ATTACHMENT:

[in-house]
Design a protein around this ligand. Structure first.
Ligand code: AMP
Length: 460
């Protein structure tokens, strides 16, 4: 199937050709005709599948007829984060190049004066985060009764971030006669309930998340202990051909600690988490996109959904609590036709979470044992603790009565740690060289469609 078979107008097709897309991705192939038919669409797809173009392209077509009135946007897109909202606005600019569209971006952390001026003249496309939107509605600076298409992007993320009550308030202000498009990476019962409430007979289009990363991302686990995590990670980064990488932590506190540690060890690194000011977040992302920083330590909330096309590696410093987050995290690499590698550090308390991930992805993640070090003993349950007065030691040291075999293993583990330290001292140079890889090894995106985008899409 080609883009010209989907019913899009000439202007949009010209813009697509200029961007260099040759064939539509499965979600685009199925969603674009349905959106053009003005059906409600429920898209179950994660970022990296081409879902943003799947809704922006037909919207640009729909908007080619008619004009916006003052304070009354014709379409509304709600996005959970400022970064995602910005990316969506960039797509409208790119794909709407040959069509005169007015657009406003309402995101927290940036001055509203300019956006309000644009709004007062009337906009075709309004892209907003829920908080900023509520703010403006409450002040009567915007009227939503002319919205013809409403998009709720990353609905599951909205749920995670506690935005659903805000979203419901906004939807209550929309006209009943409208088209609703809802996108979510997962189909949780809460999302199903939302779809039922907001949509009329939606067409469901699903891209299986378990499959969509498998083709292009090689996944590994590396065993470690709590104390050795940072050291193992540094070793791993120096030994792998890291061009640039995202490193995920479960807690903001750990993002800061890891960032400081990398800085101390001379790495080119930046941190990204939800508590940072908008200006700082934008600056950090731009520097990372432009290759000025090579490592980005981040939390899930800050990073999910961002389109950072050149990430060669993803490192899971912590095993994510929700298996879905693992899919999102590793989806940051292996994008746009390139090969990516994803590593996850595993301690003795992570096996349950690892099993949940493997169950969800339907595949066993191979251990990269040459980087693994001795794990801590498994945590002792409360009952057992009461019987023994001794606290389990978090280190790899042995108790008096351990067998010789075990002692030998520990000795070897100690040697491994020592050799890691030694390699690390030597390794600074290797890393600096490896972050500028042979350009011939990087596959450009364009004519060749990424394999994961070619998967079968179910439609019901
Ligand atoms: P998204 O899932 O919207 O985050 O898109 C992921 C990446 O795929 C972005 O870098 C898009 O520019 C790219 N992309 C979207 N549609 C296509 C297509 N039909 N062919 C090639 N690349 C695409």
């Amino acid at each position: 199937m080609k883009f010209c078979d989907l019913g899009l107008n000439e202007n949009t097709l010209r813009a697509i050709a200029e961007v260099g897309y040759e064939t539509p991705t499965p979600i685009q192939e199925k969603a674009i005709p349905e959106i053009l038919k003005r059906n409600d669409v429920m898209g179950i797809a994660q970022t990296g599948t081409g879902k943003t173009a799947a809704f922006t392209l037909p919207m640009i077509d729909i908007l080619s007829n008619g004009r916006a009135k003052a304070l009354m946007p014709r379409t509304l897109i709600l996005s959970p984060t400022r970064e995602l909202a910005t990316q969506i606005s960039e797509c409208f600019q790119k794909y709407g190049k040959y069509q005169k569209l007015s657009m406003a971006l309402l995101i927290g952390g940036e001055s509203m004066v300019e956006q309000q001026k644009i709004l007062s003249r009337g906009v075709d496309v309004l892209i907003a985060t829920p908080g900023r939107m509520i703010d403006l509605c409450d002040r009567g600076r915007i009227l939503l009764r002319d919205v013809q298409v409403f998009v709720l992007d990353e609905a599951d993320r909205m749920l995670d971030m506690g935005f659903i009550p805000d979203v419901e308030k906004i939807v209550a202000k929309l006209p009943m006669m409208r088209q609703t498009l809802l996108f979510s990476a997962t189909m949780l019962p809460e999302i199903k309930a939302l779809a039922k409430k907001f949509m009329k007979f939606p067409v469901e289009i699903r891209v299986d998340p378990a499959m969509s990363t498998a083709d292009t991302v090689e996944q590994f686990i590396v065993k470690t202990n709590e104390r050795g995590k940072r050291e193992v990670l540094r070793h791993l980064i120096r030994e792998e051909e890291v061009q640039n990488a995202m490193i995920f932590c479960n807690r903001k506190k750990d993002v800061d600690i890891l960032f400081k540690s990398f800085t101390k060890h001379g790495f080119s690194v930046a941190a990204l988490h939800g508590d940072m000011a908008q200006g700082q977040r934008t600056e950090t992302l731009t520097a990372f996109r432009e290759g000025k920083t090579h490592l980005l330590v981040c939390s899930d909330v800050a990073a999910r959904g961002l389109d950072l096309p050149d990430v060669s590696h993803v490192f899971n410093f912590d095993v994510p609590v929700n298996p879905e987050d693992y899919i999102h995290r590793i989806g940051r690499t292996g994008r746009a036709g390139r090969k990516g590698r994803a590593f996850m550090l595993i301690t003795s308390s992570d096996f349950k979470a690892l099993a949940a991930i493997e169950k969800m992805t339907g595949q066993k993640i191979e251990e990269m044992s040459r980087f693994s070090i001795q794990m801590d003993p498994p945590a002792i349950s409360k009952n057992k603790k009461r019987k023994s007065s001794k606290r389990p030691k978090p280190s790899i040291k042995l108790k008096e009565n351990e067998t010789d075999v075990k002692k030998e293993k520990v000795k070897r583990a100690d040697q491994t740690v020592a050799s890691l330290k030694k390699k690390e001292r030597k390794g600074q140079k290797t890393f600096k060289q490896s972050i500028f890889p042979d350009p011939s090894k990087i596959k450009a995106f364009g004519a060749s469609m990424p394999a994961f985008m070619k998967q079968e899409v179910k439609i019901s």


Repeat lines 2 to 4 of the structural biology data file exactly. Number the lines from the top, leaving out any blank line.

Design a protein around this ligand. Structure first.
Ligand code: AMP
Length: 460